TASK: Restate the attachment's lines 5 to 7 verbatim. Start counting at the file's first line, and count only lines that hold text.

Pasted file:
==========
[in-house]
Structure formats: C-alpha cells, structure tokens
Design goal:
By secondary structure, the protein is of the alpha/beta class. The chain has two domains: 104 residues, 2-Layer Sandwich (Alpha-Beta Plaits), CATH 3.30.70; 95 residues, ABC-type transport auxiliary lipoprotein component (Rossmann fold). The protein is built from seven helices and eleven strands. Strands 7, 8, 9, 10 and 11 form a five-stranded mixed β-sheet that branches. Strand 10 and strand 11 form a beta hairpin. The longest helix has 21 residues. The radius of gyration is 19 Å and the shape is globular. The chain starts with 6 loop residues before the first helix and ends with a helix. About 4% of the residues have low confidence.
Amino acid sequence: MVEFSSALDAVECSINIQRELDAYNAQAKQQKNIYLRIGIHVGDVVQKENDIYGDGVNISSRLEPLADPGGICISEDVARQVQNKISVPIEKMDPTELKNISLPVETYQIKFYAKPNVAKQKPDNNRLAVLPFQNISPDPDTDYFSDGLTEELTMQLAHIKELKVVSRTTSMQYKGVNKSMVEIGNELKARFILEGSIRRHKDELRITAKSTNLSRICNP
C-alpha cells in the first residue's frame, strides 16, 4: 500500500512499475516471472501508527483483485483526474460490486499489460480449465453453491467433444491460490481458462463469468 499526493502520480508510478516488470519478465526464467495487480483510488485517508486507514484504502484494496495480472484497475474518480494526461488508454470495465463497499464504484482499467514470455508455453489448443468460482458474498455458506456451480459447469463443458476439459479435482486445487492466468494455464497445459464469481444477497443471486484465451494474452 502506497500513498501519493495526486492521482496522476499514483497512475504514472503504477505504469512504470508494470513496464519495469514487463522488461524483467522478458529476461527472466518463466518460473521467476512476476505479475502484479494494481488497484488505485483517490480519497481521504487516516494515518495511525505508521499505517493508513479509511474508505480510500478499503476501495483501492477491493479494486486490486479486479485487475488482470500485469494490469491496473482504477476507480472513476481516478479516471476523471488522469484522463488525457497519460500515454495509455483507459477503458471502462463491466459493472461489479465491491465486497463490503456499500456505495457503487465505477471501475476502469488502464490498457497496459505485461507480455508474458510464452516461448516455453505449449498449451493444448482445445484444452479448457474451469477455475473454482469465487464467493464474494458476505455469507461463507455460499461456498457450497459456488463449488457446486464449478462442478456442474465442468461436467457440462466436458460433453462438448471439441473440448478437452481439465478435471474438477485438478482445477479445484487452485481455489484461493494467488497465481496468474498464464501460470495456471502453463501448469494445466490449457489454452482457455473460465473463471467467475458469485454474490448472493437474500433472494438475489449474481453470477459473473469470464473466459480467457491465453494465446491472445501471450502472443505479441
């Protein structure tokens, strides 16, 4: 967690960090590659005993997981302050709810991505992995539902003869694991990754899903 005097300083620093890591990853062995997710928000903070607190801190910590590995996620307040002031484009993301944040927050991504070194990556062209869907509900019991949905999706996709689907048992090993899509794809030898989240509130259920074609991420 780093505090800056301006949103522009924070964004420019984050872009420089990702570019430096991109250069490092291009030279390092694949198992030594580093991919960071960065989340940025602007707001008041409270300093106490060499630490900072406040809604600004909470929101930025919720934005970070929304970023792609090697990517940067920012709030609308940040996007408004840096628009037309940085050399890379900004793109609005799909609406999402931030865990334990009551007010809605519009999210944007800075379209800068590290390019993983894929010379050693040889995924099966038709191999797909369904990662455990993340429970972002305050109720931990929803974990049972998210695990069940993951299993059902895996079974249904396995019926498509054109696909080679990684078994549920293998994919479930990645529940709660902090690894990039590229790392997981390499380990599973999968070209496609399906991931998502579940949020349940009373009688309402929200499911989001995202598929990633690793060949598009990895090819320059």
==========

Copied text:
Amino acid sequence: MVEFSSALDAVECSINIQRELDAYNAQAKQQKNIYLRIGIHVGDVVQKENDIYGDGVNISSRLEPLADPGGICISEDVARQVQNKISVPIEKMDPTELKNISLPVETYQIKFYAKPNVAKQKPDNNRLAVLPFQNISPDPDTDYFSDGLTEELTMQLAHIKELKVVSRTTSMQYKGVNKSMVEIGNELKARFILEGSIRRHKDELRITAKSTNLSRICNP
C-alpha cells in the first residue's frame, strides 16, 4: 500500500512499475516471472501508527483483485483526474460490486499489460480449465453453491467433444491460490481458462463469468 499526493502520480508510478516488470519478465526464467495487480483510488485517508486507514484504502484494496495480472484497475474518480494526461488508454470495465463497499464504484482499467514470455508455453489448443468460482458474498455458506456451480459447469463443458476439459479435482486445487492466468494455464497445459464469481444477497443471486484465451494474452 502506497500513498501519493495526486492521482496522476499514483497512475504514472503504477505504469512504470508494470513496464519495469514487463522488461524483467522478458529476461527472466518463466518460473521467476512476476505479475502484479494494481488497484488505485483517490480519497481521504487516516494515518495511525505508521499505517493508513479509511474508505480510500478499503476501495483501492477491493479494486486490486479486479485487475488482470500485469494490469491496473482504477476507480472513476481516478479516471476523471488522469484522463488525457497519460500515454495509455483507459477503458471502462463491466459493472461489479465491491465486497463490503456499500456505495457503487465505477471501475476502469488502464490498457497496459505485461507480455508474458510464452516461448516455453505449449498449451493444448482445445484444452479448457474451469477455475473454482469465487464467493464474494458476505455469507461463507455460499461456498457450497459456488463449488457446486464449478462442478456442474465442468461436467457440462466436458460433453462438448471439441473440448478437452481439465478435471474438477485438478482445477479445484487452485481455489484461493494467488497465481496468474498464464501460470495456471502453463501448469494445466490449457489454452482457455473460465473463471467467475458469485454474490448472493437474500433472494438475489449474481453470477459473473469470464473466459480467457491465453494465446491472445501471450502472443505479441
């Protein structure tokens, strides 16, 4: 967690960090590659005993997981302050709810991505992995539902003869694991990754899903 005097300083620093890591990853062995997710928000903070607190801190910590590995996620307040002031484009993301944040927050991504070194990556062209869907509900019991949905999706996709689907048992090993899509794809030898989240509130259920074609991420 780093505090800056301006949103522009924070964004420019984050872009420089990702570019430096991109250069490092291009030279390092694949198992030594580093991919960071960065989340940025602007707001008041409270300093106490060499630490900072406040809604600004909470929101930025919720934005970070929304970023792609090697990517940067920012709030609308940040996007408004840096628009037309940085050399890379900004793109609005799909609406999402931030865990334990009551007010809605519009999210944007800075379209800068590290390019993983894929010379050693040889995924099966038709191999797909369904990662455990993340429970972002305050109720931990929803974990049972998210695990069940993951299993059902895996079974249904396995019926498509054109696909080679990684078994549920293998994919479930990645529940709660902090690894990039590229790392997981390499380990599973999968070209496609399906991931998502579940949020349940009373009688309402929200499911989001995202598929990633690793060949598009990895090819320059």